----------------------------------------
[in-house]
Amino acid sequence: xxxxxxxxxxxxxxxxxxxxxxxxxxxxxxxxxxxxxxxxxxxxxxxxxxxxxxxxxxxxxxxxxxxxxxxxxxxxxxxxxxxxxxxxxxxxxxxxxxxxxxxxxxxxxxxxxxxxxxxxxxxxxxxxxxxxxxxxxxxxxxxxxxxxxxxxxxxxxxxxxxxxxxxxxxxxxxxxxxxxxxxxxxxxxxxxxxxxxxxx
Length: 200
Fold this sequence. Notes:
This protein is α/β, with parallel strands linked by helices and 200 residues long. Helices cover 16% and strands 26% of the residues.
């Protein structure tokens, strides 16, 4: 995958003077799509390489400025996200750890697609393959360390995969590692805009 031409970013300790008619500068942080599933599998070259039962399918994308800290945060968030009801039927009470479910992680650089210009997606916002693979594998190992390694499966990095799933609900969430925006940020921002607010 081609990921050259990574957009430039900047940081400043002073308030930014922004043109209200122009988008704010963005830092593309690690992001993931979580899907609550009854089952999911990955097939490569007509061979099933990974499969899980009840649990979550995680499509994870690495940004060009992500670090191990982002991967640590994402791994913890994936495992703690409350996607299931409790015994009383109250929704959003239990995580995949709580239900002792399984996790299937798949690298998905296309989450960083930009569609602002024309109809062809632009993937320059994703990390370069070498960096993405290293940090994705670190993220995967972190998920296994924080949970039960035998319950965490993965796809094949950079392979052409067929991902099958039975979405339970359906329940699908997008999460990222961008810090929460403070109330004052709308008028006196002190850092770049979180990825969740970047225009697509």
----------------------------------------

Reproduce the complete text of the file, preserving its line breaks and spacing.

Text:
[in-house]
Amino acid sequence: xxxxxxxxxxxxxxxxxxxxxxxxxxxxxxxxxxxxxxxxxxxxxxxxxxxxxxxxxxxxxxxxxxxxxxxxxxxxxxxxxxxxxxxxxxxxxxxxxxxxxxxxxxxxxxxxxxxxxxxxxxxxxxxxxxxxxxxxxxxxxxxxxxxxxxxxxxxxxxxxxxxxxxxxxxxxxxxxxxxxxxxxxxxxxxxxxxxxxxxx
Length: 200
Fold this sequence. Notes:
This protein is α/β, with parallel strands linked by helices and 200 residues long. Helices cover 16% and strands 26% of the residues.
């Protein structure tokens, strides 16, 4: 995958003077799509390489400025996200750890697609393959360390995969590692805009 031409970013300790008619500068942080599933599998070259039962399918994308800290945060968030009801039927009470479910992680650089210009997606916002693979594998190992390694499966990095799933609900969430925006940020921002607010 081609990921050259990574957009430039900047940081400043002073308030930014922004043109209200122009988008704010963005830092593309690690992001993931979580899907609550009854089952999911990955097939490569007509061979099933990974499969899980009840649990979550995680499509994870690495940004060009992500670090191990982002991967640590994402791994913890994936495992703690409350996607299931409790015994009383109250929704959003239990995580995949709580239900002792399984996790299937798949690298998905296309989450960083930009569609602002024309109809062809632009993937320059994703990390370069070498960096993405290293940090994705670190993220995967972190998920296994924080949970039960035998319950965490993965796809094949950079392979052409067929991902099958039975979405339970359906329940699908997008999460990222961008810090929460403070109330004052709308008028006196002190850092770049979180990825969740970047225009697509």